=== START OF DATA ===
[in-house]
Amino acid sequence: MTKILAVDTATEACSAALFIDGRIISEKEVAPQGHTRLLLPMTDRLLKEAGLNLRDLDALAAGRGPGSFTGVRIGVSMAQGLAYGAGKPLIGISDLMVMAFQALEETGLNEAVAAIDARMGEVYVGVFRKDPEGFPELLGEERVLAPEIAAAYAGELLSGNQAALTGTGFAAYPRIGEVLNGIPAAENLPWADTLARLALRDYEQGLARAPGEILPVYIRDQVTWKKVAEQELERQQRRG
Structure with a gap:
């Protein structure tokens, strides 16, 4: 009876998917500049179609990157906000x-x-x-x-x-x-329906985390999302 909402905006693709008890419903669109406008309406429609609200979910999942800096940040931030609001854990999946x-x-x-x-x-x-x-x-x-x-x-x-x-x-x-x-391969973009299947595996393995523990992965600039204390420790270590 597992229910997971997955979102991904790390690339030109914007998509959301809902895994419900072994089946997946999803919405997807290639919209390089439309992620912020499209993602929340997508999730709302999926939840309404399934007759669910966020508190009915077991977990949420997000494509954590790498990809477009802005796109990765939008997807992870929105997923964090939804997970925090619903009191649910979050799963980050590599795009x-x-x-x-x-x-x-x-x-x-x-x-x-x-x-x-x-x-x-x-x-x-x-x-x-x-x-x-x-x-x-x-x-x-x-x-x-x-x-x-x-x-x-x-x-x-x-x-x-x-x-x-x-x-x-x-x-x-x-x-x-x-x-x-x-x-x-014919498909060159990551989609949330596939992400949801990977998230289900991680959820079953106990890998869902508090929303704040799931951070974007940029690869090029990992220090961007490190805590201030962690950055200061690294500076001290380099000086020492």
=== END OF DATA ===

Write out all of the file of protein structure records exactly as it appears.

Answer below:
[in-house]
Amino acid sequence: MTKILAVDTATEACSAALFIDGRIISEKEVAPQGHTRLLLPMTDRLLKEAGLNLRDLDALAAGRGPGSFTGVRIGVSMAQGLAYGAGKPLIGISDLMVMAFQALEETGLNEAVAAIDARMGEVYVGVFRKDPEGFPELLGEERVLAPEIAAAYAGELLSGNQAALTGTGFAAYPRIGEVLNGIPAAENLPWADTLARLALRDYEQGLARAPGEILPVYIRDQVTWKKVAEQELERQQRRG
Structure with a gap:
């Protein structure tokens, strides 16, 4: 009876998917500049179609990157906000x-x-x-x-x-x-329906985390999302 909402905006693709008890419903669109406008309406429609609200979910999942800096940040931030609001854990999946x-x-x-x-x-x-x-x-x-x-x-x-x-x-x-x-391969973009299947595996393995523990992965600039204390420790270590 597992229910997971997955979102991904790390690339030109914007998509959301809902895994419900072994089946997946999803919405997807290639919209390089439309992620912020499209993602929340997508999730709302999926939840309404399934007759669910966020508190009915077991977990949420997000494509954590790498990809477009802005796109990765939008997807992870929105997923964090939804997970925090619903009191649910979050799963980050590599795009x-x-x-x-x-x-x-x-x-x-x-x-x-x-x-x-x-x-x-x-x-x-x-x-x-x-x-x-x-x-x-x-x-x-x-x-x-x-x-x-x-x-x-x-x-x-x-x-x-x-x-x-x-x-x-x-x-x-x-x-x-x-x-x-x-x-x-014919498909060159990551989609949330596939992400949801990977998230289900991680959820079953106990890998869902508090929303704040799931951070974007940029690869090029990992220090961007490190805590201030962690950055200061690294500076001290380099000086020492």